What Is Occupational Medicine?
Occupational medicine is a branch of medicine that focuses on the health and safety of workers in the workplace. Occupational medicine physicians specialize in preventing, diagnosing, and treating work-related injuries, illnesses, and disabilities. They work closely with employers, employees, and regulatory agencies to ensure that workplaces are safe and healthy.
Occupational medicine physicians may be involved in a variety of tasks, including conducting health assessments and physical exams of workers, managing workplace injuries and illnesses, developing and implementing workplace safety programs, and advising employers on compliance with regulatory requirements.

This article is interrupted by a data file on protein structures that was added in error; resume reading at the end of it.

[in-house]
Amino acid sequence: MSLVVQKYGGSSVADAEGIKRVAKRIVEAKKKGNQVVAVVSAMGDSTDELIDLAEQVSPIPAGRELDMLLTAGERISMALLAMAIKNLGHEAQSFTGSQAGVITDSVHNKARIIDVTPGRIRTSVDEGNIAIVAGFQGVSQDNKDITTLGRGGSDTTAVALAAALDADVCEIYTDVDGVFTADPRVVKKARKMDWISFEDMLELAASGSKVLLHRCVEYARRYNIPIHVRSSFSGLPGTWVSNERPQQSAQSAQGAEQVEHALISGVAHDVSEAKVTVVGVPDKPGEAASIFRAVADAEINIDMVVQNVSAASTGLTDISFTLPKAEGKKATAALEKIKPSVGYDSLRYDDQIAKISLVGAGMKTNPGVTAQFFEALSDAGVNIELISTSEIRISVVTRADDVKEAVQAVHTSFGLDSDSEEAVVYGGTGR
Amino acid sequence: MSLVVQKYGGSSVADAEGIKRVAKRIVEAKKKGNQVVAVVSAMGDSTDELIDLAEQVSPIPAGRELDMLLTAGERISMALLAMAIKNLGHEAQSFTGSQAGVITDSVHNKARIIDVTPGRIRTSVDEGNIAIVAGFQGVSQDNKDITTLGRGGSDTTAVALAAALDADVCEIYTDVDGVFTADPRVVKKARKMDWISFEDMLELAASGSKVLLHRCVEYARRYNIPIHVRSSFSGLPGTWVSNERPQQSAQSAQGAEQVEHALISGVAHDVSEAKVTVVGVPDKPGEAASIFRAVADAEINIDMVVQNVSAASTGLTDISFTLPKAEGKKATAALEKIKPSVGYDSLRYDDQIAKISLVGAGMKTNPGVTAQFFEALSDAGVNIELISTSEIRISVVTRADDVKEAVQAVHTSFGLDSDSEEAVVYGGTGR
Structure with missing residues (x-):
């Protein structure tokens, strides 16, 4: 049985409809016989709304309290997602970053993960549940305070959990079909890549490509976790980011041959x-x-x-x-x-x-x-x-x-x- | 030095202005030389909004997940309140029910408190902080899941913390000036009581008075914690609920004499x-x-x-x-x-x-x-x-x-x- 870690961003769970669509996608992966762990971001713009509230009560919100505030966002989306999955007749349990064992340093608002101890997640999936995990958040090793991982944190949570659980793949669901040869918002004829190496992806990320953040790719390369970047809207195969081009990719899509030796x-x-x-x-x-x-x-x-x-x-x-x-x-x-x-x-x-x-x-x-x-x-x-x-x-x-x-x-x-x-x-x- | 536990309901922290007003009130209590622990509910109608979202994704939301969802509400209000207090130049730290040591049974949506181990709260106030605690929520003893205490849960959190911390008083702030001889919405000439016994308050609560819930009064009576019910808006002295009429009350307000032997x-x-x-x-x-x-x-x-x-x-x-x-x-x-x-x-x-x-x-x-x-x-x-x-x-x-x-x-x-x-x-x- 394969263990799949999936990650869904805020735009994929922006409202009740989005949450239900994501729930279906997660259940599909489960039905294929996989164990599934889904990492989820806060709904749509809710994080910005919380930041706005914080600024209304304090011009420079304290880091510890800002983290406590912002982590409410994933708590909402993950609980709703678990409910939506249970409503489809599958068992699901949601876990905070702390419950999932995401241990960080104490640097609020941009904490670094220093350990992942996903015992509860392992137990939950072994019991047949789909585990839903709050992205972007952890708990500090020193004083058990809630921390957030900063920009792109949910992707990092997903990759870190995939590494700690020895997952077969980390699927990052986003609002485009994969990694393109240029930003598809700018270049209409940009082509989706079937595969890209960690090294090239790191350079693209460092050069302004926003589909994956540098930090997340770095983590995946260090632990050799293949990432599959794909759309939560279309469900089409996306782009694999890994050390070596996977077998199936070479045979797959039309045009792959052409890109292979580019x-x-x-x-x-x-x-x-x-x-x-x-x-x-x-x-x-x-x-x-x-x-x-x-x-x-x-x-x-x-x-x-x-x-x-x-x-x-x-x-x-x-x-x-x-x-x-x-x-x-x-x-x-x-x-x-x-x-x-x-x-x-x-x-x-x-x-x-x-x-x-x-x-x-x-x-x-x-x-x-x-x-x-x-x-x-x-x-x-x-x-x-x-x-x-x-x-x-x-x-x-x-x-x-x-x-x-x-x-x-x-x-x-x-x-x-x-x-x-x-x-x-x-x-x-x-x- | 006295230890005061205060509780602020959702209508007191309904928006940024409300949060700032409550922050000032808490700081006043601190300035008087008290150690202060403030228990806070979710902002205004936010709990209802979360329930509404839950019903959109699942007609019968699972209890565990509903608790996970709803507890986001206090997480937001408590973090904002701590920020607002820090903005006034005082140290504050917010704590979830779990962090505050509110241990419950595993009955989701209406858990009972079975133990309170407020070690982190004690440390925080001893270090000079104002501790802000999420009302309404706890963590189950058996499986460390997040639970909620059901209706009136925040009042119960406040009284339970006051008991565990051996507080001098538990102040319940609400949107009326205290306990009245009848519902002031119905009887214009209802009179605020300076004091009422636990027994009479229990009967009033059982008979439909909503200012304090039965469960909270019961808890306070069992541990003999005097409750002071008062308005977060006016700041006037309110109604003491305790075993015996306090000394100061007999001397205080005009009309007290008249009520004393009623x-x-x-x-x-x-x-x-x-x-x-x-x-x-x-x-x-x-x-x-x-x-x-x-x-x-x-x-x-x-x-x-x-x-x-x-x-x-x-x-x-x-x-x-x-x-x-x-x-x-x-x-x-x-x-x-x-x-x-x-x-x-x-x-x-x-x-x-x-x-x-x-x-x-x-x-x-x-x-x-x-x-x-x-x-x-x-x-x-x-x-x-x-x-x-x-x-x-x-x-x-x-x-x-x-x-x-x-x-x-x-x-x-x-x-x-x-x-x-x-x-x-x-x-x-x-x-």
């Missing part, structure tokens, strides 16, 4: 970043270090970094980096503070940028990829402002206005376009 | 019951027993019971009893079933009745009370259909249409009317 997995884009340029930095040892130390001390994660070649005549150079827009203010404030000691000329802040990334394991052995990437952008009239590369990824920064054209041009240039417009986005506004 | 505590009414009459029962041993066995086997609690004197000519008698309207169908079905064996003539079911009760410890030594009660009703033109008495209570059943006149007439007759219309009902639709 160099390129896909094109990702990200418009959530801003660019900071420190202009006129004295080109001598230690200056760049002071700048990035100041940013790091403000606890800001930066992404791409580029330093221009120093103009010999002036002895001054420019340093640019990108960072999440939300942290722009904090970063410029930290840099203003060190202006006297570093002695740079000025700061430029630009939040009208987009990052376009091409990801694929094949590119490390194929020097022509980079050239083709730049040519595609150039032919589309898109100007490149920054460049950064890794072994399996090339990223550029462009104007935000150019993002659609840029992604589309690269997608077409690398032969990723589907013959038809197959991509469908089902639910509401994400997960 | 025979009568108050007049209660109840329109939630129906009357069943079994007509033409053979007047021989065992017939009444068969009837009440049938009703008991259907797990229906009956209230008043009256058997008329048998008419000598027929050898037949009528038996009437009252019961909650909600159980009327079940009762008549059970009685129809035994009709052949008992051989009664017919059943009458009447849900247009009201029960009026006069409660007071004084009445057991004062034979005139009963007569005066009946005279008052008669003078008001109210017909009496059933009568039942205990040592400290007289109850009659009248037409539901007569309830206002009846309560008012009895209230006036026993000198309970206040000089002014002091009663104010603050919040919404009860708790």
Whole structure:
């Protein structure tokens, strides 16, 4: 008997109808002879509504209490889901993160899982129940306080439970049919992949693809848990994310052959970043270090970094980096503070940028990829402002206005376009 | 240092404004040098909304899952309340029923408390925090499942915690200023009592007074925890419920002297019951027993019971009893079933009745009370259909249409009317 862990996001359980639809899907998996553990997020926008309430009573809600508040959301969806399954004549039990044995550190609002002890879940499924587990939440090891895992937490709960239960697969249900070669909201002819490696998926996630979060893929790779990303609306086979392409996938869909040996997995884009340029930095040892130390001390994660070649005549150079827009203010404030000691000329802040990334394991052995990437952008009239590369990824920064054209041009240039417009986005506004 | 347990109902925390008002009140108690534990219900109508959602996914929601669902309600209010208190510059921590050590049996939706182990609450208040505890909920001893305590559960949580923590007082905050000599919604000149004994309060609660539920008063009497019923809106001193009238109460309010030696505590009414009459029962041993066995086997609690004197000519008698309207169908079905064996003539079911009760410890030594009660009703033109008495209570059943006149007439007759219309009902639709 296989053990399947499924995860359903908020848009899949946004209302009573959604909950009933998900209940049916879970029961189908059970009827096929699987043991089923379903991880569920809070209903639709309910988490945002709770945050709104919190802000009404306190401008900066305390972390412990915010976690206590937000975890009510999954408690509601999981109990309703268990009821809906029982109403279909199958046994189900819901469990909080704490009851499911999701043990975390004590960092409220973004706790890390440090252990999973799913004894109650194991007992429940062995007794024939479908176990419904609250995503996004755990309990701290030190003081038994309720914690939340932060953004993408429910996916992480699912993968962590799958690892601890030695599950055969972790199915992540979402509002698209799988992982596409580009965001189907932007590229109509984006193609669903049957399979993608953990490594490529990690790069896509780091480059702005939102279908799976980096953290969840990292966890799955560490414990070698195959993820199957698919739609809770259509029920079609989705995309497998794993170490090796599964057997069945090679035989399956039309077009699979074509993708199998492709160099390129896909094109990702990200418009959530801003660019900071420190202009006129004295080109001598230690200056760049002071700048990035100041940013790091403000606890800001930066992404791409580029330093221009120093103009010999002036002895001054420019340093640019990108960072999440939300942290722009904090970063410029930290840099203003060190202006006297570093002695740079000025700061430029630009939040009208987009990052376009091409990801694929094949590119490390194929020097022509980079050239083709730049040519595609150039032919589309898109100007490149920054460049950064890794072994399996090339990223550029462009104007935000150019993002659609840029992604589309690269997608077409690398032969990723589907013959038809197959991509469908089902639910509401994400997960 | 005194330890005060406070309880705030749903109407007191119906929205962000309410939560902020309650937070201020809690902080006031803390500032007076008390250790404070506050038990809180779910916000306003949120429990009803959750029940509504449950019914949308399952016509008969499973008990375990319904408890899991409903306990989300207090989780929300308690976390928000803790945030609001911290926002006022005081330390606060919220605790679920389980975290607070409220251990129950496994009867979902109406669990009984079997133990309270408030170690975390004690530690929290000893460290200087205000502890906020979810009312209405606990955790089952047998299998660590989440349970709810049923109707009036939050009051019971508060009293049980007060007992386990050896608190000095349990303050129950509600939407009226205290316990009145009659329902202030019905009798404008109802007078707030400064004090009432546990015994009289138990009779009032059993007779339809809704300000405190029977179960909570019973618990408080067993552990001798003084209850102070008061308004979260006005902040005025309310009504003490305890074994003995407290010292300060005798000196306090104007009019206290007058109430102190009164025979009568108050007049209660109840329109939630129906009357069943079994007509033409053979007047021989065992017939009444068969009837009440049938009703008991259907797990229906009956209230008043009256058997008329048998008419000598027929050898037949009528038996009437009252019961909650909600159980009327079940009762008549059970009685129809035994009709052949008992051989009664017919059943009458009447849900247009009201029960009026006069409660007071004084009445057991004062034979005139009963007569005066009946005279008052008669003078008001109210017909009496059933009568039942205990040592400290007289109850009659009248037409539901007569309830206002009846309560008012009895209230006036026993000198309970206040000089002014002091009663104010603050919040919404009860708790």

Some examples of conditions that occupational medicine physicians may treat include repetitive stress injuries, hearing loss, respiratory diseases, skin disorders, and mental health conditions such as stress and depression.
Occupational medicine physicians may work in a variety of settings, including hospitals, clinics, government agencies, and private companies. They may also work as consultants to provide advice and expertise on occupational health and safety issues. To become an occupational medicine physician, one must first complete medical school and a residency in occupational medicine, followed by certification in the field.